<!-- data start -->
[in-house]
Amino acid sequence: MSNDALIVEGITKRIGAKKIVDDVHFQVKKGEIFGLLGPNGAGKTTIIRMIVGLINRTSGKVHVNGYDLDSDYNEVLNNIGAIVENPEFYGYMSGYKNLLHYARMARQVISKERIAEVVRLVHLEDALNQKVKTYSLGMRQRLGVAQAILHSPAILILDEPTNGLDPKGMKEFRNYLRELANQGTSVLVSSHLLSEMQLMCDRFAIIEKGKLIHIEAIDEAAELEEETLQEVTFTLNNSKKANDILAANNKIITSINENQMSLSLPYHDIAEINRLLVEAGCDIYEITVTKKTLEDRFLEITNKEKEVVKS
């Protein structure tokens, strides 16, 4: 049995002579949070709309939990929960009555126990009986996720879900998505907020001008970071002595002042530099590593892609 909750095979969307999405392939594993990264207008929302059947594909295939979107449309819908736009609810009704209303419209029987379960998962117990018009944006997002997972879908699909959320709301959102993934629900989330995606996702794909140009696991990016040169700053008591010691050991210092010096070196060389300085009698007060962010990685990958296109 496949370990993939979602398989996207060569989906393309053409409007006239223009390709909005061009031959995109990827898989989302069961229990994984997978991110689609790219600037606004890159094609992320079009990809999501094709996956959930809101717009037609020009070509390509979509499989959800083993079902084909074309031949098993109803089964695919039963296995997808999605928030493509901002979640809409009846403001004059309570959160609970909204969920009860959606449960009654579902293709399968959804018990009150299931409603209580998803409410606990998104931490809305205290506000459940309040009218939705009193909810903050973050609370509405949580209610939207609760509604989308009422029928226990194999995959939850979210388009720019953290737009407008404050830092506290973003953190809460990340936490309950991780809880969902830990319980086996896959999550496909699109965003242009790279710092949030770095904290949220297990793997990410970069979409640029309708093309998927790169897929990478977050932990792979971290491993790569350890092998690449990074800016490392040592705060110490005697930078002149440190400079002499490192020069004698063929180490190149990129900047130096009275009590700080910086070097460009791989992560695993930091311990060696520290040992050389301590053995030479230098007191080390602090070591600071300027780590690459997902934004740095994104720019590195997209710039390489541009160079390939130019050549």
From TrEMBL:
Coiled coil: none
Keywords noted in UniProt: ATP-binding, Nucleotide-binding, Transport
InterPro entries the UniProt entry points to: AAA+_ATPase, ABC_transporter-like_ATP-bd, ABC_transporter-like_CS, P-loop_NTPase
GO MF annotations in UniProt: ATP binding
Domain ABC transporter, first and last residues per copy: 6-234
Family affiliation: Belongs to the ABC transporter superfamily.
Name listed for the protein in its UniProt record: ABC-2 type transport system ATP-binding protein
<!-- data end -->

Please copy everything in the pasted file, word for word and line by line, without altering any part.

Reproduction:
[in-house]
Amino acid sequence: MSNDALIVEGITKRIGAKKIVDDVHFQVKKGEIFGLLGPNGAGKTTIIRMIVGLINRTSGKVHVNGYDLDSDYNEVLNNIGAIVENPEFYGYMSGYKNLLHYARMARQVISKERIAEVVRLVHLEDALNQKVKTYSLGMRQRLGVAQAILHSPAILILDEPTNGLDPKGMKEFRNYLRELANQGTSVLVSSHLLSEMQLMCDRFAIIEKGKLIHIEAIDEAAELEEETLQEVTFTLNNSKKANDILAANNKIITSINENQMSLSLPYHDIAEINRLLVEAGCDIYEITVTKKTLEDRFLEITNKEKEVVKS
């Protein structure tokens, strides 16, 4: 049995002579949070709309939990929960009555126990009986996720879900998505907020001008970071002595002042530099590593892609 909750095979969307999405392939594993990264207008929302059947594909295939979107449309819908736009609810009704209303419209029987379960998962117990018009944006997002997972879908699909959320709301959102993934629900989330995606996702794909140009696991990016040169700053008591010691050991210092010096070196060389300085009698007060962010990685990958296109 496949370990993939979602398989996207060569989906393309053409409007006239223009390709909005061009031959995109990827898989989302069961229990994984997978991110689609790219600037606004890159094609992320079009990809999501094709996956959930809101717009037609020009070509390509979509499989959800083993079902084909074309031949098993109803089964695919039963296995997808999605928030493509901002979640809409009846403001004059309570959160609970909204969920009860959606449960009654579902293709399968959804018990009150299931409603209580998803409410606990998104931490809305205290506000459940309040009218939705009193909810903050973050609370509405949580209610939207609760509604989308009422029928226990194999995959939850979210388009720019953290737009407008404050830092506290973003953190809460990340936490309950991780809880969902830990319980086996896959999550496909699109965003242009790279710092949030770095904290949220297990793997990410970069979409640029309708093309998927790169897929990478977050932990792979971290491993790569350890092998690449990074800016490392040592705060110490005697930078002149440190400079002499490192020069004698063929180490190149990129900047130096009275009590700080910086070097460009791989992560695993930091311990060696520290040992050389301590053995030479230098007191080390602090070591600071300027780590690459997902934004740095994104720019590195997209710039390489541009160079390939130019050549």
From TrEMBL:
Coiled coil: none
Keywords noted in UniProt: ATP-binding, Nucleotide-binding, Transport
InterPro entries the UniProt entry points to: AAA+_ATPase, ABC_transporter-like_ATP-bd, ABC_transporter-like_CS, P-loop_NTPase
GO MF annotations in UniProt: ATP binding
Domain ABC transporter, first and last residues per copy: 6-234
Family affiliation: Belongs to the ABC transporter superfamily.
Name listed for the protein in its UniProt record: ABC-2 type transport system ATP-binding protein